Managing bureaucracy in the Latin American market
Article 5 minute read

Managing bureaucracy in the Latin American market

06 April 2016

It is no secret; bureaucracy limits competitiveness and both domestic and foreign investment. Despite high levels of red tape in Latin America, the region is a rich market full of opportunities for companies looking to establish or expand businesses.

Companies operating or looking to operate in countries with high levels of bureaucracy must be as strict with staying compliant, as local entities will be when auditing them, as this will help avoid significant penalties and reputational risks. Often regulations may seem unhelpful or even unnecessary but, the vast majority of compliance requirements translate into quality control and safety in business.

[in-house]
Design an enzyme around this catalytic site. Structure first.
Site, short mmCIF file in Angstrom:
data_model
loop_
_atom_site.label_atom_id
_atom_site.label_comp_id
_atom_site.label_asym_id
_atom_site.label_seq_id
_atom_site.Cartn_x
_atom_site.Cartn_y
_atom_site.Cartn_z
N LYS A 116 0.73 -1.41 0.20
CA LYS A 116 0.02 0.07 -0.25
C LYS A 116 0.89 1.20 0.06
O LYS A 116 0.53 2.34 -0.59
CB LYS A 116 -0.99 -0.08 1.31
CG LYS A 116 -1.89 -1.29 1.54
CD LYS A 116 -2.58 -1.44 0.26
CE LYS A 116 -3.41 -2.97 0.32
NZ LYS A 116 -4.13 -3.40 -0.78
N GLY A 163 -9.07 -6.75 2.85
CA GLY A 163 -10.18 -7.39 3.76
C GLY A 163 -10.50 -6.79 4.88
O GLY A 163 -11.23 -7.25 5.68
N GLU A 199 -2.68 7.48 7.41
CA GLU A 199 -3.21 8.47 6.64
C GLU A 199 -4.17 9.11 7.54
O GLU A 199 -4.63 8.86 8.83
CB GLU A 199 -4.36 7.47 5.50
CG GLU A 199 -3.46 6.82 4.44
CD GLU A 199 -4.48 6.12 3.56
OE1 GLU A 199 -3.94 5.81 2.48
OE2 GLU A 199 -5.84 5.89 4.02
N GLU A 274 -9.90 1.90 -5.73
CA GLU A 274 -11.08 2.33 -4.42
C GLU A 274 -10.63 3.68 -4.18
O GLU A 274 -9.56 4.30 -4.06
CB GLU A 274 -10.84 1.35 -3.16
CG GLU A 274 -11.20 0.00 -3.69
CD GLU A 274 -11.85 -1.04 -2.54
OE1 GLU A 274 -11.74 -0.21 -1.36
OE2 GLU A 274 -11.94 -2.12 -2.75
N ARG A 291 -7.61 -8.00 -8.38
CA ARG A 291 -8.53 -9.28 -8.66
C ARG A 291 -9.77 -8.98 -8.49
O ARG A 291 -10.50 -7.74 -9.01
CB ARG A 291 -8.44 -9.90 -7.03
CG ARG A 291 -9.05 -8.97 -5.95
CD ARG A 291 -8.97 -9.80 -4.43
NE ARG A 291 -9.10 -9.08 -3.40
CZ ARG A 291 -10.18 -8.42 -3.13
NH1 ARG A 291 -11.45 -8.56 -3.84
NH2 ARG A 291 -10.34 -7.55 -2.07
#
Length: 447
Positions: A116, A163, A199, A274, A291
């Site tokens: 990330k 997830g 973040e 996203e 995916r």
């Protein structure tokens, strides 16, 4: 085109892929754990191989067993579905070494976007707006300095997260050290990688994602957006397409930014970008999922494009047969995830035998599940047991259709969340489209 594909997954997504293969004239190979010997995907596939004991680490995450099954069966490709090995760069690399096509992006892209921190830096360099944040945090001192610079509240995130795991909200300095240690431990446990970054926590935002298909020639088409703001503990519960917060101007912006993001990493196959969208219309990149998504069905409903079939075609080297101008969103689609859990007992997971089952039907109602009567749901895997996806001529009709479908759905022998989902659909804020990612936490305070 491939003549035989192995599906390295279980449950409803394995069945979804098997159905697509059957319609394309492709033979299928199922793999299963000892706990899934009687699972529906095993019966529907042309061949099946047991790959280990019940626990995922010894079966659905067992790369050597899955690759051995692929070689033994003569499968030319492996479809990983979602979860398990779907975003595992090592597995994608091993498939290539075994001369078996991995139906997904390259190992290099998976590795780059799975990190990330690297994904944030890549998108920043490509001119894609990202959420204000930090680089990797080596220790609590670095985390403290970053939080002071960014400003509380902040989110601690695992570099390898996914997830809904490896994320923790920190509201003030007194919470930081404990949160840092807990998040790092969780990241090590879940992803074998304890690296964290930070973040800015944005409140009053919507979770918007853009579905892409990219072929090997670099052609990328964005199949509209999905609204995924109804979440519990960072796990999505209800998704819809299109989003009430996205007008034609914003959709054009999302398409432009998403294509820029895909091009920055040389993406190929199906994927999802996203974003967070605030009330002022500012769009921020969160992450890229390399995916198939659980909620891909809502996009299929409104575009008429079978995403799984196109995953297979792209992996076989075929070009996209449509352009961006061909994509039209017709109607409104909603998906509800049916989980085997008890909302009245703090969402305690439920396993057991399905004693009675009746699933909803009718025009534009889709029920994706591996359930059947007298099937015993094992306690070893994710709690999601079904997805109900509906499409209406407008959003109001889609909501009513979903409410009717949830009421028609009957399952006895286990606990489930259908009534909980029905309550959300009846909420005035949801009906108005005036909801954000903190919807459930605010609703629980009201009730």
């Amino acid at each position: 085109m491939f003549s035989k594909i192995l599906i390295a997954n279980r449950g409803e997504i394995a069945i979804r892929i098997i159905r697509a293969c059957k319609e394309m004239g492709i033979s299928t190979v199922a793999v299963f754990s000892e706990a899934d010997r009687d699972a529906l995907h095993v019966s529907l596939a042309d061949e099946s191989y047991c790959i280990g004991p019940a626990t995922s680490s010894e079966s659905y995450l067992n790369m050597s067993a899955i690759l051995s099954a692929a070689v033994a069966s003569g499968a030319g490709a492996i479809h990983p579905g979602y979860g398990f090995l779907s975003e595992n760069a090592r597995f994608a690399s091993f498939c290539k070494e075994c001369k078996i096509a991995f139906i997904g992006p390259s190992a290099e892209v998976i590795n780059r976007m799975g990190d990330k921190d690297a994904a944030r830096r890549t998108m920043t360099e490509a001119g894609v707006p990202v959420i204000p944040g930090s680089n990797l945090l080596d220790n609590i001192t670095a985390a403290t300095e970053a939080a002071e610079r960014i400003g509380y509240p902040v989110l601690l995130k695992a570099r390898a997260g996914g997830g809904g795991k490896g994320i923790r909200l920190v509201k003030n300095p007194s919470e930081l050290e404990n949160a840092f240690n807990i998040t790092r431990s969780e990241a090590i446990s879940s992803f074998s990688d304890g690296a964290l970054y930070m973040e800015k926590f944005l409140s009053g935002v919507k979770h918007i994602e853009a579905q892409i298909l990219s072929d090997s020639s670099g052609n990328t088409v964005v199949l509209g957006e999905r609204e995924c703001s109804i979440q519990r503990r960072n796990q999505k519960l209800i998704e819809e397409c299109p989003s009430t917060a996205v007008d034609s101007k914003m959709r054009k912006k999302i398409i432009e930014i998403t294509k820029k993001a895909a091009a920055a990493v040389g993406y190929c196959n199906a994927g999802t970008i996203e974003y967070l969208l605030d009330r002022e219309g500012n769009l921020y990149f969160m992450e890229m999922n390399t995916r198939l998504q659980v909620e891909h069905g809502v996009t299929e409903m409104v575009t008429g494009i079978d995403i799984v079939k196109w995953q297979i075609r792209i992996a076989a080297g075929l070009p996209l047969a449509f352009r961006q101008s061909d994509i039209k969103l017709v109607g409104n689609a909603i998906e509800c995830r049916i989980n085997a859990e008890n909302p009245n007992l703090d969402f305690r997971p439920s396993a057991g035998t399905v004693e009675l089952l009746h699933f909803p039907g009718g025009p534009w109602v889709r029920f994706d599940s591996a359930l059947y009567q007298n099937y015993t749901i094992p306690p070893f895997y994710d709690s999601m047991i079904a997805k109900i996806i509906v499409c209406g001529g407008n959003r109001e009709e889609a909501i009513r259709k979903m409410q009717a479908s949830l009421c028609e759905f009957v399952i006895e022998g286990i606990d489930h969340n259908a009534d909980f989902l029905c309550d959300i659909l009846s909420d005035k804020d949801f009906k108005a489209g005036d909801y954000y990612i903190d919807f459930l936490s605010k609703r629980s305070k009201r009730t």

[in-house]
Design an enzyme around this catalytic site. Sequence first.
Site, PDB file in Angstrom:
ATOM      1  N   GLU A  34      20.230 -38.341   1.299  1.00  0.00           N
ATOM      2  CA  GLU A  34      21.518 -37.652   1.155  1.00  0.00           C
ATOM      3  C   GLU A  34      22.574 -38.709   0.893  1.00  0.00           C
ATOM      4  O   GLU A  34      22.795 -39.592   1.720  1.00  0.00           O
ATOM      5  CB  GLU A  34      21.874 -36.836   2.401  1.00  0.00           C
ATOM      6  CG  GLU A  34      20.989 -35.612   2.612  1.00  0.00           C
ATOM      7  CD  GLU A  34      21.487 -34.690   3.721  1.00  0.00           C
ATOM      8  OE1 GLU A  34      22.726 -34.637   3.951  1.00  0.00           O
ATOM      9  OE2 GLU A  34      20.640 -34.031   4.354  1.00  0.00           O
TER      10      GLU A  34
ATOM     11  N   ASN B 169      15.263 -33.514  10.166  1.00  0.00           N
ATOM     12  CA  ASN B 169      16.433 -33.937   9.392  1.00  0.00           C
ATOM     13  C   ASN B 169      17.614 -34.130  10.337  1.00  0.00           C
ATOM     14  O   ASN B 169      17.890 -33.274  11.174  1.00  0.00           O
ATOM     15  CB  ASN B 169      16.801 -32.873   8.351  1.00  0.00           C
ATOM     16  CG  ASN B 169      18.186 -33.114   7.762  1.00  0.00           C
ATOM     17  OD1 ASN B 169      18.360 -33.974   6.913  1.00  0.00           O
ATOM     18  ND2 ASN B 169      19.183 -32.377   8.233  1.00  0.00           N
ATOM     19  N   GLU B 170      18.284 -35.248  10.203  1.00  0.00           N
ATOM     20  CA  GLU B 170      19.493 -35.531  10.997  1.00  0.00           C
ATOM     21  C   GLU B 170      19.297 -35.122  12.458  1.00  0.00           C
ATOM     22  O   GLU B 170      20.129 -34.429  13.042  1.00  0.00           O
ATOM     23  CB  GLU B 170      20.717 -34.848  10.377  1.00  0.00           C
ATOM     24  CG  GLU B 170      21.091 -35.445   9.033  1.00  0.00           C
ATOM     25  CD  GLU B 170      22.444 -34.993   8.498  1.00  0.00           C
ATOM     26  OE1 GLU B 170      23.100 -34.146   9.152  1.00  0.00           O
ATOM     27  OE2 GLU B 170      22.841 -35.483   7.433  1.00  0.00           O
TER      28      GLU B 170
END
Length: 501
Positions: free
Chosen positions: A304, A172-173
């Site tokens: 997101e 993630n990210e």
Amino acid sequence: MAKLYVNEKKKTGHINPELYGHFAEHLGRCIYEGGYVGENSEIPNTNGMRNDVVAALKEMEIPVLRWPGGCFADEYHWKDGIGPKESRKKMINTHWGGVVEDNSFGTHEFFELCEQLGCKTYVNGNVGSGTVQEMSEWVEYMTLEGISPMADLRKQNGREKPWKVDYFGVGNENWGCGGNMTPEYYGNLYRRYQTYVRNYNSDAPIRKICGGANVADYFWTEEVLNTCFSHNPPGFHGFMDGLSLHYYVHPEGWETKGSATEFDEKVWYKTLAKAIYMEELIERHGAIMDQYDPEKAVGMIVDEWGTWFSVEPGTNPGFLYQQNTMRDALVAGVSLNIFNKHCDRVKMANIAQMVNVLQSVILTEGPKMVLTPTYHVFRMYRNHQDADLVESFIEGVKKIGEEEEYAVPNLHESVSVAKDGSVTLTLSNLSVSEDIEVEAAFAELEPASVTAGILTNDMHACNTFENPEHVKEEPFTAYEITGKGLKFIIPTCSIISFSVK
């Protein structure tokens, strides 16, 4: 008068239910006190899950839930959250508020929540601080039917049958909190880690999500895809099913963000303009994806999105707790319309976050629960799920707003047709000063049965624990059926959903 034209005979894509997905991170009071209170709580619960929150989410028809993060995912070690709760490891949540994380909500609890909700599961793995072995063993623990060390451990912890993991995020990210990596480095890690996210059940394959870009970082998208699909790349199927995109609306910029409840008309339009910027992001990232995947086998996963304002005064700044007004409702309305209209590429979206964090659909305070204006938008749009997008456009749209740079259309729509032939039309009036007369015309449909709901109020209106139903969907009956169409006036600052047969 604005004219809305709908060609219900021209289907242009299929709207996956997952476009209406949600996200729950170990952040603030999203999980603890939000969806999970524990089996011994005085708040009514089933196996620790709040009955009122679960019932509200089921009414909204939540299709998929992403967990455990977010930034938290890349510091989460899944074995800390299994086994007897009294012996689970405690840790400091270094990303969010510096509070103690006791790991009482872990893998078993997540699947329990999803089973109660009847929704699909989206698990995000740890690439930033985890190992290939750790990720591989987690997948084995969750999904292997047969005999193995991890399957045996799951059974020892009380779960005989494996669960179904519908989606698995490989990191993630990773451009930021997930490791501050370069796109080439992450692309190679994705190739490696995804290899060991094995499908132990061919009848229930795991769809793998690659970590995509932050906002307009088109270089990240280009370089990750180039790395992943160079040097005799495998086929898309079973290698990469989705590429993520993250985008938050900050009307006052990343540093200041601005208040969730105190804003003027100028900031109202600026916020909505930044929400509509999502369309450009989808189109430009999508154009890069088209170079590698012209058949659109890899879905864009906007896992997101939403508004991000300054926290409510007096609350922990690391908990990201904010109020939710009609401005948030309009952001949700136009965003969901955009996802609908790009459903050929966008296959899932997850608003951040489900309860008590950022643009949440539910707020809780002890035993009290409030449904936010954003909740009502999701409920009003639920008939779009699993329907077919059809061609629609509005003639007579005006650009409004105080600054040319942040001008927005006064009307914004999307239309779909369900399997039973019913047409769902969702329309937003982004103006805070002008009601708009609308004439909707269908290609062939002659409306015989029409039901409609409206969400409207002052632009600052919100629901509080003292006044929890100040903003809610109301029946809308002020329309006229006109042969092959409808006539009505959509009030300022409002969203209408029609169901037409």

Bureaucratic obstacles

In several Latin American countries the regulatory burden may be greater than what companies can manage if not adequately prepared; this can lead to inconsistency, delays, high costs, low productivity and extensive processes.

Peru: The process to incorporate a business can take up to three months, regardless of the company type. Sectors such as the communications, energy, oil and mining, can take two to three years to complete and receive permits for operations. Another factor to consider is social bureaucracy; projects that have a socio-environmental impact require additional permits, especially if the local community perceives any kind of risk.